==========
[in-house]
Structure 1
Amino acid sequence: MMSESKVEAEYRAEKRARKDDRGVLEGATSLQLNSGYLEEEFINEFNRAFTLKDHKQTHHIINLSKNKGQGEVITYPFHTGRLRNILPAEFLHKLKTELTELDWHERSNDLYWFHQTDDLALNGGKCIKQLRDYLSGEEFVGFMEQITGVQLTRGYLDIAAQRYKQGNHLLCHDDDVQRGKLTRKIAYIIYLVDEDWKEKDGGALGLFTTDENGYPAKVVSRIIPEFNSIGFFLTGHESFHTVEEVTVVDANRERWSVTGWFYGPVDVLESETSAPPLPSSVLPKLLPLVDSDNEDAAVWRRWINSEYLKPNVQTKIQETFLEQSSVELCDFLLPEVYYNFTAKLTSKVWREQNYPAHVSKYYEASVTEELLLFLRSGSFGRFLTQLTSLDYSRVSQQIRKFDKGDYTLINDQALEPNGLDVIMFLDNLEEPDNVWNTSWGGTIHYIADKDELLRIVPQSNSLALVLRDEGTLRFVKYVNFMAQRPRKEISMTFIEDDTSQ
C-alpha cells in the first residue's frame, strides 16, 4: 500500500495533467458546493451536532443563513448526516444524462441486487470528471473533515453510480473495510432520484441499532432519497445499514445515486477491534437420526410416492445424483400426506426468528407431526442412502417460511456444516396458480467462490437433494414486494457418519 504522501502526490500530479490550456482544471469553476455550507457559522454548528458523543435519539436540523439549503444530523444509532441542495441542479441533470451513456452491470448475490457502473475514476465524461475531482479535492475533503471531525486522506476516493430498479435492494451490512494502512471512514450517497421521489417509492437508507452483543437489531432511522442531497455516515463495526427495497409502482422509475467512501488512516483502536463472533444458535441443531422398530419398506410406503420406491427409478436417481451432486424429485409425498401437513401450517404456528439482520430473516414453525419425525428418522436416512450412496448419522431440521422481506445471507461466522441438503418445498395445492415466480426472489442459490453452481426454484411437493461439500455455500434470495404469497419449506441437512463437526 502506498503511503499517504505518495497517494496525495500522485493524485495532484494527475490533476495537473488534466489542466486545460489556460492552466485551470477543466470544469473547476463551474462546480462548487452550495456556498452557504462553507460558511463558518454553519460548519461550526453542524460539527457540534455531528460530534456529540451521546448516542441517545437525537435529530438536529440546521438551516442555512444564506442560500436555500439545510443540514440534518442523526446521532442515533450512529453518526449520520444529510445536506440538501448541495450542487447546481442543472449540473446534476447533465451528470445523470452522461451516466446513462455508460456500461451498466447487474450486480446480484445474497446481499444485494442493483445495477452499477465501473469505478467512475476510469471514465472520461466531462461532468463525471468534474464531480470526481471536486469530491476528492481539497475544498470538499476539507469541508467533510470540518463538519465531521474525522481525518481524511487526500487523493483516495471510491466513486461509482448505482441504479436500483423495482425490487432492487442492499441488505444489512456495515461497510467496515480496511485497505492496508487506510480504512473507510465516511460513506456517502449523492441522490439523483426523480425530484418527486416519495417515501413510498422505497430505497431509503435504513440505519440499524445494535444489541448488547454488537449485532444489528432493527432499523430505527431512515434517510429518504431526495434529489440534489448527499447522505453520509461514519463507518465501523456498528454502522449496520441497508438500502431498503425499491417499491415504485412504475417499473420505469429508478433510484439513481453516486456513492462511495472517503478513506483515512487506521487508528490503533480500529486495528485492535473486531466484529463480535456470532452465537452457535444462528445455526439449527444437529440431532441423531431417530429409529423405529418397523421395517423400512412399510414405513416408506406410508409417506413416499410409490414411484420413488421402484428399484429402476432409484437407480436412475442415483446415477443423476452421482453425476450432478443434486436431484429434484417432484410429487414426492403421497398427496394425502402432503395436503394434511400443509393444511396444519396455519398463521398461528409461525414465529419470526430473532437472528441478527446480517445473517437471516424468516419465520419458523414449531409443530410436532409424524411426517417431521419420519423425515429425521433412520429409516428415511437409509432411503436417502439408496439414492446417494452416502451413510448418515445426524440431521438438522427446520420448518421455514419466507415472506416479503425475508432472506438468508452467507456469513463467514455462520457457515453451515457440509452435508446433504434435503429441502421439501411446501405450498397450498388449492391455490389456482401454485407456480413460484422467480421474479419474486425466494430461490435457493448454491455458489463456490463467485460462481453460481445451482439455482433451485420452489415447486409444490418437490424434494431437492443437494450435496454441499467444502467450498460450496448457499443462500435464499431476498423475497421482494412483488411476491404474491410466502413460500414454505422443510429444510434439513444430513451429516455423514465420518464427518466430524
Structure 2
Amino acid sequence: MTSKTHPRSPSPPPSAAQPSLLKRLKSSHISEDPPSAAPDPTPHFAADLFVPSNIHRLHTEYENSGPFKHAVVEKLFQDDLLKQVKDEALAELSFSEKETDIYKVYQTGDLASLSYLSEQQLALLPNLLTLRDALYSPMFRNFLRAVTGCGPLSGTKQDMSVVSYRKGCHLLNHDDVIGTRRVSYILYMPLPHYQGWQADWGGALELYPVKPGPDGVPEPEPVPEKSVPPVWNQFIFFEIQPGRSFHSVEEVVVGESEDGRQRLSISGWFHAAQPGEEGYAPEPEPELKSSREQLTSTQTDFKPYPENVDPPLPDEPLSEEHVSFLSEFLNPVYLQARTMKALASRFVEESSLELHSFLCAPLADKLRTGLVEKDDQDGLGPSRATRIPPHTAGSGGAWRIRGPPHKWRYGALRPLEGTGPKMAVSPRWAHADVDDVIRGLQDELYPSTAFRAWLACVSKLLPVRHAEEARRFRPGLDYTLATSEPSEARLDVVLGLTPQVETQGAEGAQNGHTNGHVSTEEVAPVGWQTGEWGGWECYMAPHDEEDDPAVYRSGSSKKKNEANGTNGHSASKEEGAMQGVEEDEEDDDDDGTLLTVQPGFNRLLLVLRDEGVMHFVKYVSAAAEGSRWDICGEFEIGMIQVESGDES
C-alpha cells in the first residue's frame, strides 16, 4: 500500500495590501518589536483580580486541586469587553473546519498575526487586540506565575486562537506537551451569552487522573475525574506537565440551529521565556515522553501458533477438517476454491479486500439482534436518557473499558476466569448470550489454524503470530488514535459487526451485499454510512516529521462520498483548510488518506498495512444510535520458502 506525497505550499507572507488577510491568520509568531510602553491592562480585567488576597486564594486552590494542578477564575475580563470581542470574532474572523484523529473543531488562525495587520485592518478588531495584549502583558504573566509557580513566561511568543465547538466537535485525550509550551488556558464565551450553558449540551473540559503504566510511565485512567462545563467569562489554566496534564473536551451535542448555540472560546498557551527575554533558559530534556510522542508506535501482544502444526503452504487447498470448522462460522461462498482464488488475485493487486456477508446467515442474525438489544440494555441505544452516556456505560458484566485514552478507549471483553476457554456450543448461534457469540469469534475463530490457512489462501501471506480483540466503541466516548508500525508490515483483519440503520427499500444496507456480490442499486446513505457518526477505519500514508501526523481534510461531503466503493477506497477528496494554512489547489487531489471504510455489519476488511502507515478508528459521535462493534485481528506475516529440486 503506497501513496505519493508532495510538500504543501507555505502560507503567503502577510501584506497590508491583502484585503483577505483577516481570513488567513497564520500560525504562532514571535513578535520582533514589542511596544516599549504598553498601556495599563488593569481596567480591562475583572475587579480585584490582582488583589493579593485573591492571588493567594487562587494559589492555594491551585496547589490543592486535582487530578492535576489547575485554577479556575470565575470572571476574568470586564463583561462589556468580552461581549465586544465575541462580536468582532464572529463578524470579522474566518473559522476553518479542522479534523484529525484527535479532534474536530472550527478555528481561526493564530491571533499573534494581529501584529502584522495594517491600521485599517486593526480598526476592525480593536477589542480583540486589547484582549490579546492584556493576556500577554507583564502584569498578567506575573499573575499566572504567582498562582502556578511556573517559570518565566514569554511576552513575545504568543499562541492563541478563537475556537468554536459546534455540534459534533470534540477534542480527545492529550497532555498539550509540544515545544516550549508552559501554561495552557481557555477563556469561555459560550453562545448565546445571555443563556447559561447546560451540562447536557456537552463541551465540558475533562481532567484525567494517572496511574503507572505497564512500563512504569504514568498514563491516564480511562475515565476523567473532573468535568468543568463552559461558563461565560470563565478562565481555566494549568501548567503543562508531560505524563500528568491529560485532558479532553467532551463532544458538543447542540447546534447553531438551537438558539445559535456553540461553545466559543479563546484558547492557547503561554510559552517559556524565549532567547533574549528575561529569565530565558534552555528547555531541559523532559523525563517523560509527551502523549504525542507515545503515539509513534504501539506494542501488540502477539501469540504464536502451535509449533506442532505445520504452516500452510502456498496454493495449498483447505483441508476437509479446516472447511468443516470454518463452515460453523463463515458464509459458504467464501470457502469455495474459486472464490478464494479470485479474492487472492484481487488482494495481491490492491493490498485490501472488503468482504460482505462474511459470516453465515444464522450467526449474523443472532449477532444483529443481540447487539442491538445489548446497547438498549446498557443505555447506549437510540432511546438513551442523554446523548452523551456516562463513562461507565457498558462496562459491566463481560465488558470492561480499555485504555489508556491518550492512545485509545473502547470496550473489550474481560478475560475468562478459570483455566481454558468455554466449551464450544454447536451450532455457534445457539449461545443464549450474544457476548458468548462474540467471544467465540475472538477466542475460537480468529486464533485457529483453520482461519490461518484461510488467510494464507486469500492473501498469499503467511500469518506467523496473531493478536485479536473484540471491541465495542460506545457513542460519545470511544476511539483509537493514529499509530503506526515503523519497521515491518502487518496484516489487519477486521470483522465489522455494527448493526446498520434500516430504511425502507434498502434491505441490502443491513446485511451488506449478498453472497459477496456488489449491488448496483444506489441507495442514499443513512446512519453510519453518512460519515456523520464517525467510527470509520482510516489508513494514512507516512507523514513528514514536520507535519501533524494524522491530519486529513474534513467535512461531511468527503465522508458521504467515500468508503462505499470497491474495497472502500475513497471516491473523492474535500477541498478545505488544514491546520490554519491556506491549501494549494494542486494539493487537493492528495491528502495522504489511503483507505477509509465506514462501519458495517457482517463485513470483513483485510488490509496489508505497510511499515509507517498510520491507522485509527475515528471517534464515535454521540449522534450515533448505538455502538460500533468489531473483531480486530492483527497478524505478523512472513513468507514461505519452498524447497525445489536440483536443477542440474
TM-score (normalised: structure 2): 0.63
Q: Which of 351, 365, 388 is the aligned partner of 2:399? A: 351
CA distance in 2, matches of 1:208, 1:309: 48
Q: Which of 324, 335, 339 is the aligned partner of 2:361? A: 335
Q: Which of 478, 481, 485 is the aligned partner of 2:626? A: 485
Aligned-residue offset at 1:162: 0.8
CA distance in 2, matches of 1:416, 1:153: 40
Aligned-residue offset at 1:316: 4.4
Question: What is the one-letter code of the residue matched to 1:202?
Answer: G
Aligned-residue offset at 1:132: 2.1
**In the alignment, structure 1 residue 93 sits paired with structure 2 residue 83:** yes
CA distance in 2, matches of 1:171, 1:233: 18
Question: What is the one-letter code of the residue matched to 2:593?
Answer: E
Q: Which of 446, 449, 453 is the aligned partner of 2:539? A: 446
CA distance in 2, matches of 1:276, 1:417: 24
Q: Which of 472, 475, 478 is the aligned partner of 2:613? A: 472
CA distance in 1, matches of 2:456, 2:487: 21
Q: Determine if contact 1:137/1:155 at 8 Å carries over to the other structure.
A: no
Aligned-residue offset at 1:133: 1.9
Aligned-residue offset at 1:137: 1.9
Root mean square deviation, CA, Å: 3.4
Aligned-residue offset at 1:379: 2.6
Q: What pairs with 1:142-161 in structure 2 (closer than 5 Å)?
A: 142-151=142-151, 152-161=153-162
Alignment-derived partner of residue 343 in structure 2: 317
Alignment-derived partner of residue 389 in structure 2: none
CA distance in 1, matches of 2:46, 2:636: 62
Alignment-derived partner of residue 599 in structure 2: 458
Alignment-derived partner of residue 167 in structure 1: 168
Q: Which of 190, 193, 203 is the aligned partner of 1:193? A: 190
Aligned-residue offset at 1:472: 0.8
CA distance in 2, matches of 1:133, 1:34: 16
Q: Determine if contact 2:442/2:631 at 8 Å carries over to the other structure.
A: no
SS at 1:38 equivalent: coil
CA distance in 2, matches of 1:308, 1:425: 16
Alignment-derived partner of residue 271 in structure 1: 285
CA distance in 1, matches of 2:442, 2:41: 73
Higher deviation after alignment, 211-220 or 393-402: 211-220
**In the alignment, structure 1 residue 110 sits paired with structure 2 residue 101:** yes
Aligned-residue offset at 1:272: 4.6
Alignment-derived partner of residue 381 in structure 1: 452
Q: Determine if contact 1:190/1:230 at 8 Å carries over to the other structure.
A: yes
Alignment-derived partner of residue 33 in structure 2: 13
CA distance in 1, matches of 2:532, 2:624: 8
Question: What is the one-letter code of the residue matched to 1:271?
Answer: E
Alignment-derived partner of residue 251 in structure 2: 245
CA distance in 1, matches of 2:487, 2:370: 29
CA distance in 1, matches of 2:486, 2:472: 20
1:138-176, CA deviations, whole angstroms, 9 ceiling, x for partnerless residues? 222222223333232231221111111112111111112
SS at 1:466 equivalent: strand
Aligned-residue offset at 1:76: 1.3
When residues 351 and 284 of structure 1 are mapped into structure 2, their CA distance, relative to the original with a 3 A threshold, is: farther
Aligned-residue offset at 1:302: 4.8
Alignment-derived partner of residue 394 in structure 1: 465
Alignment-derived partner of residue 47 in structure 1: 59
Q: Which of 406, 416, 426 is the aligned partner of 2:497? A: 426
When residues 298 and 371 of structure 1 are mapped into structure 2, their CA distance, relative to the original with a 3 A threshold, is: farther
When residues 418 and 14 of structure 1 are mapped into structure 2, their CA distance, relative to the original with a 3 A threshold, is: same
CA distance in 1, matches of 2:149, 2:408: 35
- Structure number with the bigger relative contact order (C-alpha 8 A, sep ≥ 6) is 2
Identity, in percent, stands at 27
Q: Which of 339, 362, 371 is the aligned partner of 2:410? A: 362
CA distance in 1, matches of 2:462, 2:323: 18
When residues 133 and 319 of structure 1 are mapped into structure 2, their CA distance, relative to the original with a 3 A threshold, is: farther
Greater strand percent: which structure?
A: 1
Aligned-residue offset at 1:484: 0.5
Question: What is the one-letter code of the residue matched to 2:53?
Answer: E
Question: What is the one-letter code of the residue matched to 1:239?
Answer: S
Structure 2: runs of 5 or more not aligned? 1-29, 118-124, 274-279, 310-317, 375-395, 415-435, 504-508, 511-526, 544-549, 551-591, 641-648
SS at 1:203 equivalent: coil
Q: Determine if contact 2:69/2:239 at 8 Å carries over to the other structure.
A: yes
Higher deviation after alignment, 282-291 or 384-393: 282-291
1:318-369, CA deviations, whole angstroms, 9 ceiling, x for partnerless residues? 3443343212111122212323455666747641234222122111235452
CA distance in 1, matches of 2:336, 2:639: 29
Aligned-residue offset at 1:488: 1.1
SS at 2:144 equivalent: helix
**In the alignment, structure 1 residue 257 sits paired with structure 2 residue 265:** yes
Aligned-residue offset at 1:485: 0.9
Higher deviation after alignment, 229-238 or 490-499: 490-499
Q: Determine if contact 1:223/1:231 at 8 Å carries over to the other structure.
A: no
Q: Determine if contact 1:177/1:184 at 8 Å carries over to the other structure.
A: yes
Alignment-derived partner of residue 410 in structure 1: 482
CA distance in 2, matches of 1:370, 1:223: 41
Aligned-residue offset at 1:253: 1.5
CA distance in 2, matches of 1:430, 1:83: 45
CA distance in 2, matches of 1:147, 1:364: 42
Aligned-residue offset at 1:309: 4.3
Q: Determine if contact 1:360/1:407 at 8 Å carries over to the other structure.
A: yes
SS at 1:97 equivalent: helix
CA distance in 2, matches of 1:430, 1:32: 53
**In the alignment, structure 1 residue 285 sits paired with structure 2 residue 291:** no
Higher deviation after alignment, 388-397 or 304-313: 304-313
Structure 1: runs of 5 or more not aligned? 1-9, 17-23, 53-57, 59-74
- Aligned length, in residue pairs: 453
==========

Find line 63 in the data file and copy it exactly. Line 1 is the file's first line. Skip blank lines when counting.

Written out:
SS at 1:466 equivalent: strand